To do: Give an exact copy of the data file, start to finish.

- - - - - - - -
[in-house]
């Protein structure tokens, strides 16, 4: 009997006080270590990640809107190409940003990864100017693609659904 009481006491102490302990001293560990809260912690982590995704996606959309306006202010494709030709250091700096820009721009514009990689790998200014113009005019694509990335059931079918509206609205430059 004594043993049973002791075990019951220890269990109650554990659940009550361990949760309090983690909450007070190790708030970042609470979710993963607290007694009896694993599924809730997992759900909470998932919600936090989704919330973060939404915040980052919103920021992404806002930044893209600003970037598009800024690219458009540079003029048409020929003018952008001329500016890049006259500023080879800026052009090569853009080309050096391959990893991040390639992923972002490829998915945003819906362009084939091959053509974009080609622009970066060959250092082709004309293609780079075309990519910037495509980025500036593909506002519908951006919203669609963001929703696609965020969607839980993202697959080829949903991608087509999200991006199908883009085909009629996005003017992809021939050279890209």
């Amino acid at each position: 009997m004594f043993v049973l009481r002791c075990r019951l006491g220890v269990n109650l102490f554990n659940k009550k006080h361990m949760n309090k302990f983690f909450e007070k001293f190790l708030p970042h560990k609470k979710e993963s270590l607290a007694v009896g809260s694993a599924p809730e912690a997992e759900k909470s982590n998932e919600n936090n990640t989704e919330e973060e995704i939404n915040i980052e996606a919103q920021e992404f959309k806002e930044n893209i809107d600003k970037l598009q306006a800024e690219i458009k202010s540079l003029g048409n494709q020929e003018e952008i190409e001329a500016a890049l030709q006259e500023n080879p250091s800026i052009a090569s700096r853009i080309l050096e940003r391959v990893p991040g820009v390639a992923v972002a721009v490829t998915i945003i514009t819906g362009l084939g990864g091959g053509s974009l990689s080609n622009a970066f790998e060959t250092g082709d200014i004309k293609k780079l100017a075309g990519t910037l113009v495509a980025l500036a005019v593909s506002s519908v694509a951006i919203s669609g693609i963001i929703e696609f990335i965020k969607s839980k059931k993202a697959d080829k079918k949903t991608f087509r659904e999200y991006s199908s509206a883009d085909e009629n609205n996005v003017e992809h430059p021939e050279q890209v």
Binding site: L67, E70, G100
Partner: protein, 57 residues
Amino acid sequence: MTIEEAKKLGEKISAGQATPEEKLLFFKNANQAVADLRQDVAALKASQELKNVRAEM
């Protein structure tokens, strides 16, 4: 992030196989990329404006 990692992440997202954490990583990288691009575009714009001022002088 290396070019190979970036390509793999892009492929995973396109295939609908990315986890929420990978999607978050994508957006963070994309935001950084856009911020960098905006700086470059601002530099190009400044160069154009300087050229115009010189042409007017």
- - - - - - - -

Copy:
[in-house]
């Protein structure tokens, strides 16, 4: 009997006080270590990640809107190409940003990864100017693609659904 009481006491102490302990001293560990809260912690982590995704996606959309306006202010494709030709250091700096820009721009514009990689790998200014113009005019694509990335059931079918509206609205430059 004594043993049973002791075990019951220890269990109650554990659940009550361990949760309090983690909450007070190790708030970042609470979710993963607290007694009896694993599924809730997992759900909470998932919600936090989704919330973060939404915040980052919103920021992404806002930044893209600003970037598009800024690219458009540079003029048409020929003018952008001329500016890049006259500023080879800026052009090569853009080309050096391959990893991040390639992923972002490829998915945003819906362009084939091959053509974009080609622009970066060959250092082709004309293609780079075309990519910037495509980025500036593909506002519908951006919203669609963001929703696609965020969607839980993202697959080829949903991608087509999200991006199908883009085909009629996005003017992809021939050279890209």
């Amino acid at each position: 009997m004594f043993v049973l009481r002791c075990r019951l006491g220890v269990n109650l102490f554990n659940k009550k006080h361990m949760n309090k302990f983690f909450e007070k001293f190790l708030p970042h560990k609470k979710e993963s270590l607290a007694v009896g809260s694993a599924p809730e912690a997992e759900k909470s982590n998932e919600n936090n990640t989704e919330e973060e995704i939404n915040i980052e996606a919103q920021e992404f959309k806002e930044n893209i809107d600003k970037l598009q306006a800024e690219i458009k202010s540079l003029g048409n494709q020929e003018e952008i190409e001329a500016a890049l030709q006259e500023n080879p250091s800026i052009a090569s700096r853009i080309l050096e940003r391959v990893p991040g820009v390639a992923v972002a721009v490829t998915i945003i514009t819906g362009l084939g990864g091959g053509s974009l990689s080609n622009a970066f790998e060959t250092g082709d200014i004309k293609k780079l100017a075309g990519t910037l113009v495509a980025l500036a005019v593909s506002s519908v694509a951006i919203s669609g693609i963001i929703e696609f990335i965020k969607s839980k059931k993202a697959d080829k079918k949903t991608f087509r659904e999200y991006s199908s509206a883009d085909e009629n609205n996005v003017e992809h430059p021939e050279q890209v």
Binding site: L67, E70, G100
Partner: protein, 57 residues
Amino acid sequence: MTIEEAKKLGEKISAGQATPEEKLLFFKNANQAVADLRQDVAALKASQELKNVRAEM
């Protein structure tokens, strides 16, 4: 992030196989990329404006 990692992440997202954490990583990288691009575009714009001022002088 290396070019190979970036390509793999892009492929995973396109295939609908990315986890929420990978999607978050994508957006963070994309935001950084856009911020960098905006700086470059601002530099190009400044160069154009300087050229115009010189042409007017």